Send the link below via email or IMCopy
Present to your audienceStart remote presentation
- Invited audience members will follow you as you navigate and present
- People invited to a presentation do not need a Prezi account
- This link expires 10 minutes after you close the presentation
- A maximum of 30 users can follow your presentation
- Learn more about this feature in our knowledge base article
Do you really want to delete this prezi?
Neither you, nor the coeditors you shared it with will be able to recover it again.
Make your likes visible on Facebook?
You can change this under Settings & Account at any time.
Transcript of Orpheus
The nine muse
Calliope, the inspiration of poets and musicians, was the mother of Orpheus. She gave to her son a remarkable talent for music.
Orpheus played his lyre so sweetly that he charmed all things on Earth. Men and women forgot their cares when gathered around him to listen. Wild beasts lay down as they gathered around him as if they were tame. Even rocks and trees followed him, and the rivers changed their direction to hear him play.
Orpheus and Eurydice
Orpheus loved a young woman named Eurydice, and when they were married, they looked forward to many years of happiness together. But soon after, Eurydice stepped on a poisonous snake and died.
Zeus and Mnemosyne
There were nine goddesses called muse, born out of Zeus and a titan named Mnemosyne. Each muse presided over a different art or science
The nine muses were assigned into specific artistic spheres: Calliope, epic poetry; Kleio, history; Ourania, astronomy; Thaleia, comedy; Melpomene, tragedy; Polyhymnia, religious hymns; Erato, erotic poetry; Euterpe, lyric poetry; and Terpsikhore, choral song and dance.
Orpheus roamed the earth, singing sad melodies to try to overcome his grief. He longed for Eurydice so deeply that he decided to follow her to the underworld and try to bring her back to earth.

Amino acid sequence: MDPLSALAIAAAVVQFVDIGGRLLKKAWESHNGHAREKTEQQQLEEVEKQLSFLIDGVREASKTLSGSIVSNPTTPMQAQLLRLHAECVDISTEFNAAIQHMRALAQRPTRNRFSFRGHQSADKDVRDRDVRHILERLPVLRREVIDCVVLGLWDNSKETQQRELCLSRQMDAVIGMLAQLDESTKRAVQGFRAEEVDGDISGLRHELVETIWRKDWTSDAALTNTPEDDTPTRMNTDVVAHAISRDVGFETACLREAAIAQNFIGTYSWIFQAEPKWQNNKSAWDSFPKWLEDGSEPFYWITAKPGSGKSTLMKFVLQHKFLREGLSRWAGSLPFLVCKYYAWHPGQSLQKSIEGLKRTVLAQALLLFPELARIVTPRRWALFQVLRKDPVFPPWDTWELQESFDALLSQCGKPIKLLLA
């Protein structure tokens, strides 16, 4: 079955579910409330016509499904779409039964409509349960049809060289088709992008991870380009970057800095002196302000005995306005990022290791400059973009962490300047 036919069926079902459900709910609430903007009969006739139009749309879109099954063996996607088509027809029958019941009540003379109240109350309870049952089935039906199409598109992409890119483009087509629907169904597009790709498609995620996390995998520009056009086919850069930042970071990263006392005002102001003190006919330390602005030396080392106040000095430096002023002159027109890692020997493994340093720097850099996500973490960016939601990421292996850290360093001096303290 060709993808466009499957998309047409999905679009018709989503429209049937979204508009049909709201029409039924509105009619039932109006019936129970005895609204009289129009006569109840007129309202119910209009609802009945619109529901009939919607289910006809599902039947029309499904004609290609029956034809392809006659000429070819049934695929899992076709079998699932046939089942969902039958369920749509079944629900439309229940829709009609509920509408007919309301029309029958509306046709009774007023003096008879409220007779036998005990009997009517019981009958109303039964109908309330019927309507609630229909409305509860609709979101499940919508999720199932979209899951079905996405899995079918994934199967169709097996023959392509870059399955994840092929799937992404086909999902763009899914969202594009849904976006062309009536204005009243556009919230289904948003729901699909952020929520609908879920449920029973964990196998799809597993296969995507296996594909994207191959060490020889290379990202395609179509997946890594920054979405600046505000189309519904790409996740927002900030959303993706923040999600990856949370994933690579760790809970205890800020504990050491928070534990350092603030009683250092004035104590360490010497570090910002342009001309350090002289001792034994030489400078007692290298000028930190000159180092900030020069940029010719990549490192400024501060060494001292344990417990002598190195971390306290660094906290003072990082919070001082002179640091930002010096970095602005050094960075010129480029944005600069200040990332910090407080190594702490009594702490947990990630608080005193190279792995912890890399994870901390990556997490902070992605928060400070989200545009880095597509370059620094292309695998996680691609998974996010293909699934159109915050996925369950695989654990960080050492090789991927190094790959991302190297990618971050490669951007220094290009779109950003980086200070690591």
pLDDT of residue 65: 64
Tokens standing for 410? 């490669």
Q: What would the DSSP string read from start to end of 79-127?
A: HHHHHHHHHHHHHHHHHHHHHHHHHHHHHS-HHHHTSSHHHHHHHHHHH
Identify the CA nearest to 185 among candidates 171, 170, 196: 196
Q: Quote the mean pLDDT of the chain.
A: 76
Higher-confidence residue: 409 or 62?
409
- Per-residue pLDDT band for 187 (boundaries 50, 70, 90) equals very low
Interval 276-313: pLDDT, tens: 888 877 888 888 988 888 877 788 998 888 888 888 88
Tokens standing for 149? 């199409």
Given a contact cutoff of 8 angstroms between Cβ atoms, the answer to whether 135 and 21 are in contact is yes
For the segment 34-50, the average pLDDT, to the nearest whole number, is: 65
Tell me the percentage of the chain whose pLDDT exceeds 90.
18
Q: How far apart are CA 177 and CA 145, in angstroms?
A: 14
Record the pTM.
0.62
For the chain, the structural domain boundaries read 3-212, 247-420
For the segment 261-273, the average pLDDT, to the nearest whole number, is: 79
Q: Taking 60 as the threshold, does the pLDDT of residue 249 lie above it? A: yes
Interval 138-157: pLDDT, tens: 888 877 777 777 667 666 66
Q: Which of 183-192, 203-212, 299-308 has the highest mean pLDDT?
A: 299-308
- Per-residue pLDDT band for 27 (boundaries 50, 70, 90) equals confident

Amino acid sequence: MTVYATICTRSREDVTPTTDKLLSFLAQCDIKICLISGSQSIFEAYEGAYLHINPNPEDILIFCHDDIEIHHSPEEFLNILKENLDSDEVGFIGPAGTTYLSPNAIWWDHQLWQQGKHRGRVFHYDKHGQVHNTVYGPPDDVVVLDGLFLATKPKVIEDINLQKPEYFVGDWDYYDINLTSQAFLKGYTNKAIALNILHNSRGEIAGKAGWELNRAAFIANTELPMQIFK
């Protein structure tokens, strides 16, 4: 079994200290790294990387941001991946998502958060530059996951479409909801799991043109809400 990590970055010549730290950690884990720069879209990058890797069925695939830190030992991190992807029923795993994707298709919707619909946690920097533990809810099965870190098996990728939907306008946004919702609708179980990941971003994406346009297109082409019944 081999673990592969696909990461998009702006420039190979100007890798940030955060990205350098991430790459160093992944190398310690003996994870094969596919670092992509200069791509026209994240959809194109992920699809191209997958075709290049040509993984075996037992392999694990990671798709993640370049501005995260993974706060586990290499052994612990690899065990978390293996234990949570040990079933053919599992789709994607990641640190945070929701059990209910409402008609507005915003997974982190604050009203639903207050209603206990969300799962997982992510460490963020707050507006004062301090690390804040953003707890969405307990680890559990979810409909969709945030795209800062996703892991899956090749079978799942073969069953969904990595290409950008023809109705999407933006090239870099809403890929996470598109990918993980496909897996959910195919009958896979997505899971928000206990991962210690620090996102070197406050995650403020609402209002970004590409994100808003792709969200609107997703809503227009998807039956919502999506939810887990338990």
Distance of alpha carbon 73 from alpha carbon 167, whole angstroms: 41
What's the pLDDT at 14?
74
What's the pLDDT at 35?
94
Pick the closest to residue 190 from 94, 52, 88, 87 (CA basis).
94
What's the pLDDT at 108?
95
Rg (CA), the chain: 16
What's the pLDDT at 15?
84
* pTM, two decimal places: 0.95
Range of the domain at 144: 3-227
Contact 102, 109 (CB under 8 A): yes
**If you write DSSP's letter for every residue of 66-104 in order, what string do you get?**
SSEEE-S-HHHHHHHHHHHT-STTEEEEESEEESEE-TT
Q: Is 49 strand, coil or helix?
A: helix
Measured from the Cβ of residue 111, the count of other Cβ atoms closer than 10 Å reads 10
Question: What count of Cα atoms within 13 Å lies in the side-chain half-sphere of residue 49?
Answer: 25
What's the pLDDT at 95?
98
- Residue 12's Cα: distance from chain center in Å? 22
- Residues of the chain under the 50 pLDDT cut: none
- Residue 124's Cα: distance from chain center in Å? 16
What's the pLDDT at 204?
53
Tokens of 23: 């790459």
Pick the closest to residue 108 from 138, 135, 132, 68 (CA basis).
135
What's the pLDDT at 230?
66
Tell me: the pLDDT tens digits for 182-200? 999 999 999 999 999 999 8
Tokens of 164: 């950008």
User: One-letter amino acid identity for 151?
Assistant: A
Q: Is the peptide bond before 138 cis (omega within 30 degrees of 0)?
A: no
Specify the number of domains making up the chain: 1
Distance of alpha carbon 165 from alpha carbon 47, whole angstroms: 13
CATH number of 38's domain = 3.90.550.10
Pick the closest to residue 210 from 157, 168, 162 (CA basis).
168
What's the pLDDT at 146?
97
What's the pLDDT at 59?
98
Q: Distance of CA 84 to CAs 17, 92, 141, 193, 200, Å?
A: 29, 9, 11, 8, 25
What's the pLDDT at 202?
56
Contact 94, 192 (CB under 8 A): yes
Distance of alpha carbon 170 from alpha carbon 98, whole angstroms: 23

Orpheus climbed into a cave and through a dark passage that led to the underworld. When he reached the river Styx, he plucked his lyre and the fierce three headed dog who guarded the gates, Cerberus, heard the sweet music and lay still to let him pass.
Orpheus continued to play his lyre tenderly as he made his way to through the gloomy underworld. Sisyphus, who had been condemned to roll uphill forever, stopped his fruitless work to listen. Tantalus, who had been sentenced to stand in a pool of receding water, stopped trying to quench his thirst. And even the wheel to which Ixion was tied as punishment stopped turning for a moment.
At last, Orpheus came to the palace of Hades and Persephone, the King and Queen of the underworld. Before they could order him to leave, Orpheus began his song, pleading for Eurydice.
When Hades heard Orpheus song, he began to weep. Cold Persephone was so moved that, for the first time in all her months in the underworld, her heart melted.
Hades and Persephone felt the sadness of Orpheus so they summoned Eurydice, and the two lovers clasped each other and turned to leave. "Wait!" Hades said to Orpheus. "Eurydice is yours to take back to the earth on one condition.". Hades made a condition that Eurydice must follow Orpheus, and he must not look back at her until they're back on earth again.
Orpheus and eurydice left the underworld and made their way through the passage that led to the upper world. At last they've reached the cave where Orpheus had descended.
Orpheus could see the daylight and called to Eurydice "We're almost there". But Eurydice had not heard him, so she didn't answer. Orpheus turned to make sure that she's still following him. He caught one last glimpse of her arm and she disappeared, swallowed by darkness.
Orpheus tried to follow her but this time the gods would not allow it. He sang his sad songs to the trees and longed for the time when he too would die and reunited with his beloved Eurydice in the underworld.
THANK YOU FOR LISTENING.
HOPE YOU'VE UNDERSTAND THE STORY OF ORPHEUS.